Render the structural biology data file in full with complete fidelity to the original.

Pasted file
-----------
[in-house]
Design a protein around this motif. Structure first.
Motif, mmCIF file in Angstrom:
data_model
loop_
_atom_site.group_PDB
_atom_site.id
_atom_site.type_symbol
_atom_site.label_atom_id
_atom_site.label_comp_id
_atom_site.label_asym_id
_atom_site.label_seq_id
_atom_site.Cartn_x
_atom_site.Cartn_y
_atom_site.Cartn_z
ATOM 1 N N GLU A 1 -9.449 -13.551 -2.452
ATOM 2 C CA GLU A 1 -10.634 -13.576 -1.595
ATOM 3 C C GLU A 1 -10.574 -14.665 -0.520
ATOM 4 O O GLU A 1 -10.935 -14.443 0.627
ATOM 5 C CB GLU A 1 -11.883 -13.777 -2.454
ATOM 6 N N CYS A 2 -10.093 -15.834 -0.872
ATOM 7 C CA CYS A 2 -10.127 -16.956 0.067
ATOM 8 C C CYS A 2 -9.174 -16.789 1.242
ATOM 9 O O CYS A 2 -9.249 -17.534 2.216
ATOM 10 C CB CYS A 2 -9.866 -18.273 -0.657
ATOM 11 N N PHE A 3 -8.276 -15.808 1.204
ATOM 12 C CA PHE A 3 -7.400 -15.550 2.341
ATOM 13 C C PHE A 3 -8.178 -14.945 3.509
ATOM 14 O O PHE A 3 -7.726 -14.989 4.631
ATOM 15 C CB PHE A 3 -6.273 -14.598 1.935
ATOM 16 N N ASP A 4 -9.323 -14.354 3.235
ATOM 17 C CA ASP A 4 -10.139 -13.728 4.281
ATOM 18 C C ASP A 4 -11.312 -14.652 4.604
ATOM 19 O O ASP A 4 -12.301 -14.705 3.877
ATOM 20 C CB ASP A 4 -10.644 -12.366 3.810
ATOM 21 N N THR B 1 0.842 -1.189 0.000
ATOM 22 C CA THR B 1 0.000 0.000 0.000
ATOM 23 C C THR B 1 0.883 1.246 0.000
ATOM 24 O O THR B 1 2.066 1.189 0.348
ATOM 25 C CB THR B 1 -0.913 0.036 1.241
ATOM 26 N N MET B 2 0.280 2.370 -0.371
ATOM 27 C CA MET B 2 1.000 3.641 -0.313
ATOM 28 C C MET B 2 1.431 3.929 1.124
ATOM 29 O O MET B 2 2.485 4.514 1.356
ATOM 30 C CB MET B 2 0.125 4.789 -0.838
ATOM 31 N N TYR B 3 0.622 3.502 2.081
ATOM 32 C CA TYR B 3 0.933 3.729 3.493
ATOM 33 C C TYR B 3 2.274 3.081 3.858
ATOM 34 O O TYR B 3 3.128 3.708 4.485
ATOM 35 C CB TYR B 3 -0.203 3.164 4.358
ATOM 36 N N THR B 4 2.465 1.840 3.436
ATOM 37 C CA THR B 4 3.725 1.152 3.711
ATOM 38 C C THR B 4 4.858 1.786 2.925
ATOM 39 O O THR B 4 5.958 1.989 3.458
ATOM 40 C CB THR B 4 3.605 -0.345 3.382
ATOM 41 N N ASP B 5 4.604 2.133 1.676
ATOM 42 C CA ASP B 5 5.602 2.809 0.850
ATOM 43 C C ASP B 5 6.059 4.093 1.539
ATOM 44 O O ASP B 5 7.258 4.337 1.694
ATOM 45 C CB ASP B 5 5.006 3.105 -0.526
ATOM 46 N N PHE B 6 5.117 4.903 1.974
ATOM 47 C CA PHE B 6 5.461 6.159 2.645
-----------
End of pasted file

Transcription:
[in-house]
Design a protein around this motif. Structure first.
Motif, mmCIF file in Angstrom:
data_model
loop_
_atom_site.group_PDB
_atom_site.id
_atom_site.type_symbol
_atom_site.label_atom_id
_atom_site.label_comp_id
_atom_site.label_asym_id
_atom_site.label_seq_id
_atom_site.Cartn_x
_atom_site.Cartn_y
_atom_site.Cartn_z
ATOM 1 N N GLU A 1 -9.449 -13.551 -2.452
ATOM 2 C CA GLU A 1 -10.634 -13.576 -1.595
ATOM 3 C C GLU A 1 -10.574 -14.665 -0.520
ATOM 4 O O GLU A 1 -10.935 -14.443 0.627
ATOM 5 C CB GLU A 1 -11.883 -13.777 -2.454
ATOM 6 N N CYS A 2 -10.093 -15.834 -0.872
ATOM 7 C CA CYS A 2 -10.127 -16.956 0.067
ATOM 8 C C CYS A 2 -9.174 -16.789 1.242
ATOM 9 O O CYS A 2 -9.249 -17.534 2.216
ATOM 10 C CB CYS A 2 -9.866 -18.273 -0.657
ATOM 11 N N PHE A 3 -8.276 -15.808 1.204
ATOM 12 C CA PHE A 3 -7.400 -15.550 2.341
ATOM 13 C C PHE A 3 -8.178 -14.945 3.509
ATOM 14 O O PHE A 3 -7.726 -14.989 4.631
ATOM 15 C CB PHE A 3 -6.273 -14.598 1.935
ATOM 16 N N ASP A 4 -9.323 -14.354 3.235
ATOM 17 C CA ASP A 4 -10.139 -13.728 4.281
ATOM 18 C C ASP A 4 -11.312 -14.652 4.604
ATOM 19 O O ASP A 4 -12.301 -14.705 3.877
ATOM 20 C CB ASP A 4 -10.644 -12.366 3.810
ATOM 21 N N THR B 1 0.842 -1.189 0.000
ATOM 22 C CA THR B 1 0.000 0.000 0.000
ATOM 23 C C THR B 1 0.883 1.246 0.000
ATOM 24 O O THR B 1 2.066 1.189 0.348
ATOM 25 C CB THR B 1 -0.913 0.036 1.241
ATOM 26 N N MET B 2 0.280 2.370 -0.371
ATOM 27 C CA MET B 2 1.000 3.641 -0.313
ATOM 28 C C MET B 2 1.431 3.929 1.124
ATOM 29 O O MET B 2 2.485 4.514 1.356
ATOM 30 C CB MET B 2 0.125 4.789 -0.838
ATOM 31 N N TYR B 3 0.622 3.502 2.081
ATOM 32 C CA TYR B 3 0.933 3.729 3.493
ATOM 33 C C TYR B 3 2.274 3.081 3.858
ATOM 34 O O TYR B 3 3.128 3.708 4.485
ATOM 35 C CB TYR B 3 -0.203 3.164 4.358
ATOM 36 N N THR B 4 2.465 1.840 3.436
ATOM 37 C CA THR B 4 3.725 1.152 3.711
ATOM 38 C C THR B 4 4.858 1.786 2.925
ATOM 39 O O THR B 4 5.958 1.989 3.458
ATOM 40 C CB THR B 4 3.605 -0.345 3.382
ATOM 41 N N ASP B 5 4.604 2.133 1.676
ATOM 42 C CA ASP B 5 5.602 2.809 0.850
ATOM 43 C C ASP B 5 6.059 4.093 1.539
ATOM 44 O O ASP B 5 7.258 4.337 1.694
ATOM 45 C CB ASP B 5 5.006 3.105 -0.526
ATOM 46 N N PHE B 6 5.117 4.903 1.974
ATOM 47 C CA PHE B 6 5.461 6.159 2.645